Hepatocellular carcinoma (HCC) is the most common primary hepatic malignancy [26] . Cirrhosis may be sampled by FNA when a dominant nodule mimics a HCC radiologically. The cytology of cirrhotic liver is similar to that of normal liver [27] [28] . AFP level and the finding of a single lesion with or without satellite lesions on imaging, favor a primary tumor over metastatic disease [27] .

Up to the knowledge of the researcher, no previous scientific study has been conducted about ultrasonically guided FNA in Sulaimani city or Kurdistan region. Therefore, the purpose of this study is to examine the diagnostic value of ultrasonically guided percutaneous FNA cytology in the diagnosis of focal liver lesions.

2. Patients and Methods

This is a prospective study conducted in Kurdistan center for Gastroenterology and Hepatology and the Sulaimani General Teaching Hospital over one year. After the agreement by the ethical committee of the School of Medicine, University of Sulaimani, one hundred patients with Focal liver lesions were studied.

Inclusion Criteria

Adult patients with Focal liver lesion(s) that were identified by imaging studies (ultrasound, Computerized Tomography, Magnetic Resonant Imaging) were included.

Exclusion Criteria

1. All cystic lesions proved by imaging studies.

2. Any lesion less than 1 cm in diameter (difficult to target).

3. Any inaccessible lesion deeper than the length of 22 G × 31/2 spinal needle

4. Gross Ascites.

5. Un-cooperative patients.

6. Uncorrectable coagulopathy (INR > 2.5), by fresh frozen plasma and/or Vitamin K

7. Patient’s refusal.

We obtained informed consent from the patients, and after taking proper history and performing a thorough examination, ten ml venous blood were aspirated for the following laboratory tests; (complete blood Count, ESR, TSB, AST, ALT, PT, INR, Serum Albumin, Blood Urea, Blood glucose, Serum Alkaline Phosphatase, Alfa feto protein, Carcinoembryonic Antigen, CA19-9, CA 125, HBs Ag, HCV Ab).

Using sterile technique, the skin was cleansed with povidone Iodine USP 10% (1% available Iodine). The ultrasound guidance was done by an experienced ultrasonographer using SONAC 8000 Live (prime) MEDISON device with a probe of 3.5 MHz, convex free hand technique. After the localization of the lesion (s), the needle (spinal needle 22 G × 31/2) was advanced under continuous ultrasound guide through the skin and soft tissue and into the target mass. After ensuring the correct position of the needle tip, the trocar was removed and a 10 ml syringe was attached; then a 2 - 3 ml negative pressure was applied while performing 2 - 4 punctures of the wall and central part of the lesion, then the needle was withdrawn and the specimen was distributed over slides which were immediately placed into a 95% alcohol solution for 20 minutes, and then, it was left to dry and later sent for cytological examination.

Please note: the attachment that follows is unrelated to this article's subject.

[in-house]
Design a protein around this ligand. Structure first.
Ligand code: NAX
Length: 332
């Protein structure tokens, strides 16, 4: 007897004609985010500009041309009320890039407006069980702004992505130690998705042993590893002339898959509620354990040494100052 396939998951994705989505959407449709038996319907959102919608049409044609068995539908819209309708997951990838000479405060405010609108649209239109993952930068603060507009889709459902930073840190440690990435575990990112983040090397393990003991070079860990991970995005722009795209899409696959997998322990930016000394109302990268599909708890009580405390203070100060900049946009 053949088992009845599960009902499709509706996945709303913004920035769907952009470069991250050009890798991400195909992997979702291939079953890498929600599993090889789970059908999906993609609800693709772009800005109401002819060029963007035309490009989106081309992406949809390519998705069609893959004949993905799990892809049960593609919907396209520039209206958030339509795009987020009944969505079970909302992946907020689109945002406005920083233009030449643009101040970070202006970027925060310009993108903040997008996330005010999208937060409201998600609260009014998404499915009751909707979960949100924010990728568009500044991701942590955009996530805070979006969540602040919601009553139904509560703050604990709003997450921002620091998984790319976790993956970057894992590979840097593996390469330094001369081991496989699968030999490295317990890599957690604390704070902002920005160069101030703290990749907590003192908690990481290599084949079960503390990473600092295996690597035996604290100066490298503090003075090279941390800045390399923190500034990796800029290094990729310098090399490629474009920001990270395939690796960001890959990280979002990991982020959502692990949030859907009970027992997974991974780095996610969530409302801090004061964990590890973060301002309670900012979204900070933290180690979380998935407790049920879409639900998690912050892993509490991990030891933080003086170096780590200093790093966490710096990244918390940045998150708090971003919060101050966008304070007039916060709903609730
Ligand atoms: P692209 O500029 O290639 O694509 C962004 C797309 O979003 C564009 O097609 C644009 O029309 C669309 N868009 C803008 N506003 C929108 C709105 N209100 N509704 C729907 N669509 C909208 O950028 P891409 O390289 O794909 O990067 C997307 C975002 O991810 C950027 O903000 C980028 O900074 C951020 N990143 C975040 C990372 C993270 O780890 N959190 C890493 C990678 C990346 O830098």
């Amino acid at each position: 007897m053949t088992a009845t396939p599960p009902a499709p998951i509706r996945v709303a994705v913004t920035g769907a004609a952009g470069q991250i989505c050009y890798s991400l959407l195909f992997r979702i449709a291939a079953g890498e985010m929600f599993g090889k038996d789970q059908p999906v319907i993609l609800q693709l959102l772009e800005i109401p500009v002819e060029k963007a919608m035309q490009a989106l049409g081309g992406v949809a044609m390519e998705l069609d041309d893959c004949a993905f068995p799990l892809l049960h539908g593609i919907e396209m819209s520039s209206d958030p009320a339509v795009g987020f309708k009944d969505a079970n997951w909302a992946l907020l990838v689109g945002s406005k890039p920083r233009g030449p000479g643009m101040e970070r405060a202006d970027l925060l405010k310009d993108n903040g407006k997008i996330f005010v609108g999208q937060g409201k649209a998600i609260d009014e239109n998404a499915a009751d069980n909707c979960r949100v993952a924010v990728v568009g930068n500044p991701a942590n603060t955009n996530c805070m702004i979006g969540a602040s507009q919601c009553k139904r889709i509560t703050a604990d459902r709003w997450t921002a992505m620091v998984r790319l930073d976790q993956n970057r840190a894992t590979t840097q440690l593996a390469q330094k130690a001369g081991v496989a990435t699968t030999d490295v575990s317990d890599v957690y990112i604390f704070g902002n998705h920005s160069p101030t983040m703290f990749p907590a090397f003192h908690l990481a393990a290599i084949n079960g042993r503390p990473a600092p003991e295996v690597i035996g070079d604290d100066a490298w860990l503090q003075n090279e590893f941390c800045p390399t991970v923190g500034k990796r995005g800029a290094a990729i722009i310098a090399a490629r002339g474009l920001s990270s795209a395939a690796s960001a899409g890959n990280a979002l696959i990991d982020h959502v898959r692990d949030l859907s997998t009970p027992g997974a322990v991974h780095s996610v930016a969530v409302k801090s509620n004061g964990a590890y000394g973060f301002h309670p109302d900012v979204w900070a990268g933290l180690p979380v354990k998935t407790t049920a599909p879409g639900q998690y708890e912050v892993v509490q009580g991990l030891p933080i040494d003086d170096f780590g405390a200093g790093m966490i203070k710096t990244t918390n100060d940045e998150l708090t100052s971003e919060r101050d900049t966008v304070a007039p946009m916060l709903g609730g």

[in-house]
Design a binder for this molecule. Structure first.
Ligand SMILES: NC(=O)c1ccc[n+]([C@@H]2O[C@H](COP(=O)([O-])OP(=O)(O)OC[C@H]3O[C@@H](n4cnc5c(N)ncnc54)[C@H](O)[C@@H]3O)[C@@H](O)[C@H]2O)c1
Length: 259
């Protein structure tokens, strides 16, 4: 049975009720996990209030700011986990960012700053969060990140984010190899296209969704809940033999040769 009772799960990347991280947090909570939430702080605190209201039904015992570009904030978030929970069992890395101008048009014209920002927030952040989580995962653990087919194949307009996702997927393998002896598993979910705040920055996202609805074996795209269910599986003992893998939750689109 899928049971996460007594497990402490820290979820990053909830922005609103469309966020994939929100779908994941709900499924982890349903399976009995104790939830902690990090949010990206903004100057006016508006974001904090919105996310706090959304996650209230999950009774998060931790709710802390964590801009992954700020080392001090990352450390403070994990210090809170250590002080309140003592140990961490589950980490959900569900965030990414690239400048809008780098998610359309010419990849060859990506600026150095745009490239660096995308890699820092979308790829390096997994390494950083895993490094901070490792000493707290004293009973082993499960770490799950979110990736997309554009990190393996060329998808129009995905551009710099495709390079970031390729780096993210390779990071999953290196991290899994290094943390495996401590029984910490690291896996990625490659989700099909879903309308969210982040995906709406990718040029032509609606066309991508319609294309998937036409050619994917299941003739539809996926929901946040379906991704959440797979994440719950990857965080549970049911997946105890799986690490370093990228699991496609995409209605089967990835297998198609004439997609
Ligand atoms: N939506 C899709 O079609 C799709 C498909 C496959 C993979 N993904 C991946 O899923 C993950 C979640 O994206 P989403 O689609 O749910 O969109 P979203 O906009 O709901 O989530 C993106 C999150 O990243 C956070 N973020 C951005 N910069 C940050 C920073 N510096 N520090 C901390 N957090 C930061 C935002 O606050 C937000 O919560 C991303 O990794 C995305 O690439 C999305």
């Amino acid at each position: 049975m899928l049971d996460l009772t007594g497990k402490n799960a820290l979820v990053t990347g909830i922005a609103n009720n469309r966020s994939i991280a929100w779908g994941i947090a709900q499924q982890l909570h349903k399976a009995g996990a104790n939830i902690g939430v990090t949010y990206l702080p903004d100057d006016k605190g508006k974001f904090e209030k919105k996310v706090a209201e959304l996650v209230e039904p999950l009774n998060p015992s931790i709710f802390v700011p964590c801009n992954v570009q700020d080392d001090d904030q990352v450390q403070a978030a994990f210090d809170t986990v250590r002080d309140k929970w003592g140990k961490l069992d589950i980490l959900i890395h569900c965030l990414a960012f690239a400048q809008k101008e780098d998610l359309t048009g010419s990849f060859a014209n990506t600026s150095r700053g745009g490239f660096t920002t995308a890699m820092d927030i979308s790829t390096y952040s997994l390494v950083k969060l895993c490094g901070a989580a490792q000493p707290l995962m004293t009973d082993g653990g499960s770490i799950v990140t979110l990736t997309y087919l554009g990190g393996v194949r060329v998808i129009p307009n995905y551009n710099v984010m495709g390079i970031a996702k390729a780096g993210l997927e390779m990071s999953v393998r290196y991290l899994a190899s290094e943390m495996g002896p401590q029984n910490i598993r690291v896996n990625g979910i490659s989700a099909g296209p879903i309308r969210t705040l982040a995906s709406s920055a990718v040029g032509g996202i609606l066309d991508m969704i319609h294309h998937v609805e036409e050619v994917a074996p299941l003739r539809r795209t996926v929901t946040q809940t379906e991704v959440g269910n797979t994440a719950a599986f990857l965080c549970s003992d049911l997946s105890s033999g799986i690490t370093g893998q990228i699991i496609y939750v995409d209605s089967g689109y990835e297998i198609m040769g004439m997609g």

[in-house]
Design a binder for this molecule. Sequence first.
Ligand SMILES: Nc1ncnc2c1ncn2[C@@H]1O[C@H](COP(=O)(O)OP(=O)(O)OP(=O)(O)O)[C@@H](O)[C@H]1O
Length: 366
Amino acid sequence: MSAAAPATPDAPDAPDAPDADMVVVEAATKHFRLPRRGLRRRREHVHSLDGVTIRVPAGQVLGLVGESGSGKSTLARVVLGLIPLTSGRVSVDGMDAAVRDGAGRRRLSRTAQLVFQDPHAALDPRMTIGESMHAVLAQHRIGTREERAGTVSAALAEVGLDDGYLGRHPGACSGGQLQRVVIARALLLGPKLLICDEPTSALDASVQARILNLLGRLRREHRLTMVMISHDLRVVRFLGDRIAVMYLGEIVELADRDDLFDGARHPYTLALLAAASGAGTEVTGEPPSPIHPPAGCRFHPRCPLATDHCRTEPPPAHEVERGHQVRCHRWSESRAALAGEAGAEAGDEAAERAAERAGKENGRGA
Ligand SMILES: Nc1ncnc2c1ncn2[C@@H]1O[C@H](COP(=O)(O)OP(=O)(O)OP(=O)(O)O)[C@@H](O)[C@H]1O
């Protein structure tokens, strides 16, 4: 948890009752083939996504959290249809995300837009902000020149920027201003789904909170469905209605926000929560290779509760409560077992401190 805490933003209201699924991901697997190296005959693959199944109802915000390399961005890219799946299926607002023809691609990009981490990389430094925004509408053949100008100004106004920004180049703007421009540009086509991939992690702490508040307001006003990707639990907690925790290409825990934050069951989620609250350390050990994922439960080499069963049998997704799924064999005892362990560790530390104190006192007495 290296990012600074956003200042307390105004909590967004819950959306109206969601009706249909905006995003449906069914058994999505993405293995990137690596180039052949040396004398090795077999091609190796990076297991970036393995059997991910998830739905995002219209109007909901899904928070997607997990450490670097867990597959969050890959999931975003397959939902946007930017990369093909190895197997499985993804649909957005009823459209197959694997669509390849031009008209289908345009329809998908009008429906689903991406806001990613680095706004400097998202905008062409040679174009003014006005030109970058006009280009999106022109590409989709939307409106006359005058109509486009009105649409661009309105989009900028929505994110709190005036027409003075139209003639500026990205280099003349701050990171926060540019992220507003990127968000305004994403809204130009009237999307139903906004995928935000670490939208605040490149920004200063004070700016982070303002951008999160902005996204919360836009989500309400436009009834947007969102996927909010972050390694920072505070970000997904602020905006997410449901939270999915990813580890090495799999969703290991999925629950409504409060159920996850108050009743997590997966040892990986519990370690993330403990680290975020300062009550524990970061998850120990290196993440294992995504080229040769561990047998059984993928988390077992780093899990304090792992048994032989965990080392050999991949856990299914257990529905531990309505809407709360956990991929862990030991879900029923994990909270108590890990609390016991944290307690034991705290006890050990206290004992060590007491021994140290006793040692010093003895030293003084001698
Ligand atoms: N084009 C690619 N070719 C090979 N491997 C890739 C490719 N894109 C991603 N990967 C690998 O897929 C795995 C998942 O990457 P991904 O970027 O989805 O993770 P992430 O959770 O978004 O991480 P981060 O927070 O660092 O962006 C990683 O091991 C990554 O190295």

All slides were studied by two expert pathologists. Follow up was done for all patients after the procedure for 6 hours to observe any complications. Statistical analysis was done using SPSS Software version 17.

3. Results

One hundred patients with focal liver lesion (s) were enrolled in this study, 54 patients were male (54%), and 46 were female (46%). Age of the patients ranged between 23 to 88 years with (a mean age + SD) of 55 ± 5.36 year. The majority (64%) of patients were above 60 years (Figure 1).

The most common presenting symptoms among the patients were fatigue and weight loss (90% and 78% respectively), while the most common sign was hepatomegaly (38%). Therefore, the rest of the symptoms and signs are illustrated in Table 1.

Anemia and high ESR was found in (54% and 90% respectively) and low serum albumin in (64%), Table 2.

Viral markers had been performed for all the patients, and only 8 patients (8%) had positive results of HBs Ag. Four HBs Ag positive cases had secondaries and four cases had hepatocellular carcinoma by FNAC. None were positive for HCV.

Table 3 revealed levels of tumor markers. Ultrasonic findings and distribution of liver masses are shown in Table 4.

Table 5 demonstrates the sites of primary tumors.

Table 6 compares the trans-abdominal ultrasound of the studied patients with the results of ultrasonic guided FNAC.

Table 1. Clinical characteristics of the studied patients (N = 100).

Table 2. Hematological, biochemical investigations of the study population (N = 100).

Table 3. Tumor markers of the studied patients.

Table 4. U/S distribution of liver lesions (N = 100).

Table 5. The primary sites of liver secondaries.

Figure 1. Age and gender distribution of cases (N = 100), P-value = 0.64 (there is no significant difference between age groups and no significant difference between ≥ 60 years and <60 years; P = 0.89).

Table 6. Ultrasonography findings vs. FNAC results.

Sixty two (62%) patients (38% males and 24% females) were found to be free from pain during and after the procedure, while 38 (38%) patients (16% males and 22% females) had developed mild and transient right hypochondrial pain.

4. Discussion